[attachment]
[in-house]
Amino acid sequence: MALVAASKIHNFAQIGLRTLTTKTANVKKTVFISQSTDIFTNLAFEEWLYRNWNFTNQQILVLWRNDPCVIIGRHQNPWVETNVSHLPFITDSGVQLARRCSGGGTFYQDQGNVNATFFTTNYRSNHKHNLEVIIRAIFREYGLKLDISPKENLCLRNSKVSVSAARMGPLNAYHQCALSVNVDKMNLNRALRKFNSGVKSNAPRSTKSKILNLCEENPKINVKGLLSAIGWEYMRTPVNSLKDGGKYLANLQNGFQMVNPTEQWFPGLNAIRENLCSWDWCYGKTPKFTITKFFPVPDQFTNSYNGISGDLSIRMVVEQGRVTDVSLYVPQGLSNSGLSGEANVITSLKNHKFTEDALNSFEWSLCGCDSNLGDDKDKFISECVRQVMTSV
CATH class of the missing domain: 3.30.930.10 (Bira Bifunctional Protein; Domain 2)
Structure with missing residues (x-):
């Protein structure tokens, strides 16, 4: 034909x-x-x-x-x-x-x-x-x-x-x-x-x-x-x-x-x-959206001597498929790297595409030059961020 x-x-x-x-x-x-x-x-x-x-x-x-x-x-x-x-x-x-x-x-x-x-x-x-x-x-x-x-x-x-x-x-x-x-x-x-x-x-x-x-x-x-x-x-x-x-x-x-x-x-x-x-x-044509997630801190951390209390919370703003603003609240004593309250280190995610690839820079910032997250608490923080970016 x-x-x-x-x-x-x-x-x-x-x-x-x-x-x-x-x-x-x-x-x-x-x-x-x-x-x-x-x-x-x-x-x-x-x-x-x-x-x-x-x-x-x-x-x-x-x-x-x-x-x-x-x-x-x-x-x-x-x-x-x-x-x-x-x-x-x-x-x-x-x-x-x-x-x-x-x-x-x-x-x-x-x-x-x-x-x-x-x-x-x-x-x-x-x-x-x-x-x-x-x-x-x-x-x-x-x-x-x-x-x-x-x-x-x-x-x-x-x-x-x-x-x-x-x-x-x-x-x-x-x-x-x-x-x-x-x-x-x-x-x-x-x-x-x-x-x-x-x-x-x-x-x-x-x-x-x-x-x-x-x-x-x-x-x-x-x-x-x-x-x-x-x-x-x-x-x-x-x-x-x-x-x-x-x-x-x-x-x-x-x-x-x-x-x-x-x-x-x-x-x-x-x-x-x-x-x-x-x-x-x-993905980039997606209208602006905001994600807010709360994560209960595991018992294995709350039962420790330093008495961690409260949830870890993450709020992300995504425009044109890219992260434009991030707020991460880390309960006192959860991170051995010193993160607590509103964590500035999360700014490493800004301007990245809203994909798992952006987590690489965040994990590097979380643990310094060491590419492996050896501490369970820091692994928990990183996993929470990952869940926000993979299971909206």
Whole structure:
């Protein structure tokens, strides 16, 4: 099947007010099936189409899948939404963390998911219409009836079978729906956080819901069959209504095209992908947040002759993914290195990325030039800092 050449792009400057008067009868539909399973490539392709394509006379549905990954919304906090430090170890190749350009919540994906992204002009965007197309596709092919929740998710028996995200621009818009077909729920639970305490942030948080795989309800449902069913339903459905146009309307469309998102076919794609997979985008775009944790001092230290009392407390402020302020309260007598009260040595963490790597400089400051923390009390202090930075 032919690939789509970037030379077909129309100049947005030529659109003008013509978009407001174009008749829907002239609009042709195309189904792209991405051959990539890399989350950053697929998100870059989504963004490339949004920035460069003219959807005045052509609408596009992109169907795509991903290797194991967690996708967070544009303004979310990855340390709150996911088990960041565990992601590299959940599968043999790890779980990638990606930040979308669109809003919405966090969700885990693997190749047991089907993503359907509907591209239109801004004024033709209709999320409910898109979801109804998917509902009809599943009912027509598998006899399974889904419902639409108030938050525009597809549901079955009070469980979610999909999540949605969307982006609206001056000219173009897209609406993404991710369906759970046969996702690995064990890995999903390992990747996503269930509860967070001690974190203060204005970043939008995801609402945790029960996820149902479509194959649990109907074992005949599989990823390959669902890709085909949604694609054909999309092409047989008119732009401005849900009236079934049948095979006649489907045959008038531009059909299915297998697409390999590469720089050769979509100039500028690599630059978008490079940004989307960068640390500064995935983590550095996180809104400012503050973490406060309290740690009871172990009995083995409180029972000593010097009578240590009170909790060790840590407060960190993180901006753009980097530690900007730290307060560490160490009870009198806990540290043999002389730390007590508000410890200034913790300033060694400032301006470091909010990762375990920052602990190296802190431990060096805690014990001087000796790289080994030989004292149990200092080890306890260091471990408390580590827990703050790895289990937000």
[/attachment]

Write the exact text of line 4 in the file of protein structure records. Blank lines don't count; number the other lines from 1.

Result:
Structure with missing residues (x-):